How To Fix Paint Blistering
Homeowners and property managers do their utmost to promote the durability, and the good looks, of their buildings. New paint is an easy way to achieve this goal. However, paint is susceptible to many serious forms of damage that include the issue known as blistering. Residential and commercial property owners who keep these basic tips in mind can prevent or fix blistering paint.
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What Is It?
Moisture retention is the driving force behind most outbreaks of blistering. Expanding vapor causes loss of paint adhesion and bubbling. Blisters can form on the interior or exterior walls of buildings.
Kitchens and bathrooms are interior sources of moisture that can cause paint to blister.
Externally, moisture from humidity and rainwater can seep into untreated wooden end-joints or other exposed areas of the woodwork. Blisters can form if painters allow excessive amounts of moisture to accumulate on freshly painted surfaces.
Hot weather conditions can cause the thinners mixed with fresh paint to vaporize and expand outwards, leading to blistering.
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How To Fix It
To mitigate the effects of existing blistering damage, follow this 3-step process:
Remove areas of paint separation (blisters) with sanders*, brushes, or scrapers.
Clean the exposed surfaces, sand* them, and prime them with high-adhesive alkyd primers.
Once the primers cure, re-paint the previously-bubbled surfaces following the blistering prevention guidelines below.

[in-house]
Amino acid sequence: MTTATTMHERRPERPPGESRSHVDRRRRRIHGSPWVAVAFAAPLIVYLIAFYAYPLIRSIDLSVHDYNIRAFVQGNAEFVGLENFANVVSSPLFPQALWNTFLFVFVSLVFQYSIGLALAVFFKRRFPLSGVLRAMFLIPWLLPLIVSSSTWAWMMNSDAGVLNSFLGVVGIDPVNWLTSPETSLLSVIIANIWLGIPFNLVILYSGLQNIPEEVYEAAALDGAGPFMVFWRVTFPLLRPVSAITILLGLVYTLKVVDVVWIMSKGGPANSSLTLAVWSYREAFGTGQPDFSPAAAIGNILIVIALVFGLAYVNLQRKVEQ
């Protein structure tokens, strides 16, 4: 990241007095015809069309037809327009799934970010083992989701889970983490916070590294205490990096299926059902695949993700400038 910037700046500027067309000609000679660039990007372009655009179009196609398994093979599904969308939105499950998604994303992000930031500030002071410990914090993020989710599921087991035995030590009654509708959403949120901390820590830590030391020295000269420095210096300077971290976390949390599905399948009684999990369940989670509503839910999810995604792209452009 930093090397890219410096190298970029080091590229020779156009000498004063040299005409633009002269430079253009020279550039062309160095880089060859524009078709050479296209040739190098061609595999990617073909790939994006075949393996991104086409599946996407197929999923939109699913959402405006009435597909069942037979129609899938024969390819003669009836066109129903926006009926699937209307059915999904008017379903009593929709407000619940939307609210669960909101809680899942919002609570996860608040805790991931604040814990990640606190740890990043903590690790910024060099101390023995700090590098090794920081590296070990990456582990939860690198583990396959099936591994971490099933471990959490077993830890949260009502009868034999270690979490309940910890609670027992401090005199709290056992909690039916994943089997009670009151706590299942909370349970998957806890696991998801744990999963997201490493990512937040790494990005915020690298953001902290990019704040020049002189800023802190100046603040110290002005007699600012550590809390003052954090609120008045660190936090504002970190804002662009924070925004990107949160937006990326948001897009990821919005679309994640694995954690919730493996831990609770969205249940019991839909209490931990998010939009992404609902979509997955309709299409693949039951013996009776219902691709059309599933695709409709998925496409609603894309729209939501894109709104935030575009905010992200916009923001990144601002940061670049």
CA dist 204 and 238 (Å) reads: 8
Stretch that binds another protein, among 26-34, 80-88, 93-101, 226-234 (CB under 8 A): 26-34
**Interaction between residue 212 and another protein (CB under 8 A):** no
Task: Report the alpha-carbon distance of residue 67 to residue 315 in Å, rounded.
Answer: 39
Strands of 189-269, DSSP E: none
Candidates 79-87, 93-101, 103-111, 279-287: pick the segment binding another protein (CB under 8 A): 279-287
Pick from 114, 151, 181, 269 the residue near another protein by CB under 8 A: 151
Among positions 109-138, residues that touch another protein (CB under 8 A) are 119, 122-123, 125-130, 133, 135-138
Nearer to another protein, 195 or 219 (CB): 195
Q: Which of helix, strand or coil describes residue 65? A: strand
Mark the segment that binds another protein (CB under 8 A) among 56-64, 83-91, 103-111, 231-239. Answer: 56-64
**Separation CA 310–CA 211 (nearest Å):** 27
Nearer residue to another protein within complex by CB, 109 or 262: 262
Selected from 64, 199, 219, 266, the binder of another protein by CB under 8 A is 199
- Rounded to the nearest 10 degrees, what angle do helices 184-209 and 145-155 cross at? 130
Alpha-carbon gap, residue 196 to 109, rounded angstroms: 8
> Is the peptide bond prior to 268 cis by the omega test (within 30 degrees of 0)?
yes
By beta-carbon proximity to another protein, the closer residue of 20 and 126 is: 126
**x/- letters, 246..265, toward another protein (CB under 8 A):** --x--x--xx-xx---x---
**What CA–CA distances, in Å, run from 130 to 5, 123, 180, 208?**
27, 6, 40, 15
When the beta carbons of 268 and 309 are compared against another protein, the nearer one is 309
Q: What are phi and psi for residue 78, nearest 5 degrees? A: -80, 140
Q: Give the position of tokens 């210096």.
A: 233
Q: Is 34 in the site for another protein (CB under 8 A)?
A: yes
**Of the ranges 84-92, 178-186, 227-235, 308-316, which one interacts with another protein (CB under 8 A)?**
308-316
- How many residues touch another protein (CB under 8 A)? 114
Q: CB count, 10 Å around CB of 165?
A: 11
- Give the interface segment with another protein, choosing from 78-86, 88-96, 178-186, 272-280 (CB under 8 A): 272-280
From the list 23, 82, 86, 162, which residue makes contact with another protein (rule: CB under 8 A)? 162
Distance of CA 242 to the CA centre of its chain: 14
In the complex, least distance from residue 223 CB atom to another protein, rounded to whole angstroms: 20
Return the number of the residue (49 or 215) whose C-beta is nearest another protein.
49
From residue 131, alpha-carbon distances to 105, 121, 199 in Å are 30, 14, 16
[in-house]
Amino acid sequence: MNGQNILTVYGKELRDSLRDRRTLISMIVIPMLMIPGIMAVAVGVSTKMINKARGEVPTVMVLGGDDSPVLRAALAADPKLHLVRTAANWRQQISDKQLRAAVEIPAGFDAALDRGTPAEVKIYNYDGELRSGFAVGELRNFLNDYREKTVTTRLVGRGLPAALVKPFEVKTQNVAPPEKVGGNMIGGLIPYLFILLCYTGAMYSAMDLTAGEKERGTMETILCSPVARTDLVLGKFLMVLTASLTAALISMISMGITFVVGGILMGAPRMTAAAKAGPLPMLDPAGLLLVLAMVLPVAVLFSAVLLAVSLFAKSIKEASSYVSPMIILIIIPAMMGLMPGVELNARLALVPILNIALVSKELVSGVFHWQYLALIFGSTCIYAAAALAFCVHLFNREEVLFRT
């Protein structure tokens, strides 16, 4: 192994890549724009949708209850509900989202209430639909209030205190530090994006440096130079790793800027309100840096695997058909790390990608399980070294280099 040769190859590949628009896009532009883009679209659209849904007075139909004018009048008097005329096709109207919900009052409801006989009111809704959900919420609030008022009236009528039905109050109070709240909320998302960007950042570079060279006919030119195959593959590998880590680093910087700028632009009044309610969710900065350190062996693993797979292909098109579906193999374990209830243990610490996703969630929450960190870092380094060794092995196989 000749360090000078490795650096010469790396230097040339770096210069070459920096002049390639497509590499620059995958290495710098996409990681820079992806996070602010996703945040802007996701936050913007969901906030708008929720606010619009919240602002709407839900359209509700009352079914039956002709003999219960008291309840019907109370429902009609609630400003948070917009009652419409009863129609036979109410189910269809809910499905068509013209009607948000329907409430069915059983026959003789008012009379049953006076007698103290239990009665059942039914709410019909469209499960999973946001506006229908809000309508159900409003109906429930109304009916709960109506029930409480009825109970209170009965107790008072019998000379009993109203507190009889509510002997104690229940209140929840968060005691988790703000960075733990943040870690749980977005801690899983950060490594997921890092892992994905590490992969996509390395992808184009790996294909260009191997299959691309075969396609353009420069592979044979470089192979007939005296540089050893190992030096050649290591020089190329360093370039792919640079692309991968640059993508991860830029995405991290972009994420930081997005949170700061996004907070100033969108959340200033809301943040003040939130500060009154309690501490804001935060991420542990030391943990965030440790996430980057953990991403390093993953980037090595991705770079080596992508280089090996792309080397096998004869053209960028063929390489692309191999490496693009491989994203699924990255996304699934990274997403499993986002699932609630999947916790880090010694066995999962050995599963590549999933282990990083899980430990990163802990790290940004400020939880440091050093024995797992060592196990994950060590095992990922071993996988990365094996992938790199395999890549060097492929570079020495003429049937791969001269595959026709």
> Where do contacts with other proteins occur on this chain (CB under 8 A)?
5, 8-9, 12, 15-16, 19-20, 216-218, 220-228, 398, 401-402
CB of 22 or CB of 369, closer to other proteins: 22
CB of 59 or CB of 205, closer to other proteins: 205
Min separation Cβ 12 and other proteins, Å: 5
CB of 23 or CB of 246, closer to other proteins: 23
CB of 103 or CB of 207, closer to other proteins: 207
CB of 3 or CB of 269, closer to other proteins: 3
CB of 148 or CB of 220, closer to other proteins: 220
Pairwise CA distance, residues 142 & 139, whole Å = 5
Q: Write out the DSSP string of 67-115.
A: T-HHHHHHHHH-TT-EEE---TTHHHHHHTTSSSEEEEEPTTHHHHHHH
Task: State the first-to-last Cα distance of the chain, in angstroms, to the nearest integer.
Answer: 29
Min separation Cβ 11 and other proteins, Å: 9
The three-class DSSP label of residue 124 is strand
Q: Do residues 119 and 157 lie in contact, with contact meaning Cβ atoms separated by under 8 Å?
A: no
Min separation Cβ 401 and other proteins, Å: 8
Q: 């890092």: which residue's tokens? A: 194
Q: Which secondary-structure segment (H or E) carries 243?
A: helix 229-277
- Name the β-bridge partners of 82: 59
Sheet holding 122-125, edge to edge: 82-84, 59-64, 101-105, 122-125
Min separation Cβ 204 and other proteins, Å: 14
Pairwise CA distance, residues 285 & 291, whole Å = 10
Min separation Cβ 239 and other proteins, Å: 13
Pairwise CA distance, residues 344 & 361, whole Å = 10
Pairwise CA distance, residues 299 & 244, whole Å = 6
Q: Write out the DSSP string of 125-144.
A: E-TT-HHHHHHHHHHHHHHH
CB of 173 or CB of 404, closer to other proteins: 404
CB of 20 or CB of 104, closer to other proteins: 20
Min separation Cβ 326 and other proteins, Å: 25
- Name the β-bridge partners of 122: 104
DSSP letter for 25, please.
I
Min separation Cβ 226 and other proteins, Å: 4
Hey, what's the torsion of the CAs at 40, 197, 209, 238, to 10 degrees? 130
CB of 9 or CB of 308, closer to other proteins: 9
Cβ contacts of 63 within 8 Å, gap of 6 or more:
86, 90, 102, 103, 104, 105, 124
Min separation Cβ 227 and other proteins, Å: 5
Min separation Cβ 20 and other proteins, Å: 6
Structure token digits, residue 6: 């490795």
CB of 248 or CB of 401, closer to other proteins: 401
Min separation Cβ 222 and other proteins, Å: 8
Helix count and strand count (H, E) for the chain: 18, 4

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*WARNING! If you scrape, sand, or remove old paint, you may release lead dust or fumes. LEAD IS TOXIC. EXPOSURE TO LEAD DUST OR FUMES CAN CAUSE SERIOUS ILLNESS, SUCH AS BRAIN DAMAGE, ESPECIALLY IN CHILDREN. PREGNANT WOMEN SHOULD ALSO AVOID EXPOSURE. Wear a properly fitted NIOSH-approved respirator and prevent skin contact to control lead exposure. Clean up carefully with a HEPA vacuum and a wet mop. Before you start, find out how to protect yourself and your family by contacting the USEPA National Lead Information Hotline at 1-800-424-LEAD or log on to www.epa.gov/lead.
How to Prevent It
Ensure that wooden building components are well-protected from moisture.
Install water-vapor barriers on the interior surfaces of exterior walls.
Treat any exposed areas with water-repellent caulk.
Include adequate ventilation exhaust fans in high-humidity areas.
When applying exterior paint:
Apply paint when the outside weather conditions are temperate.
In hot weather, paint surfaces after sun-exposure, not before.
Avoid painting early in the day when condensation may form on fresh coats.
Ensure that glazing around windows and flashings are in solid condition.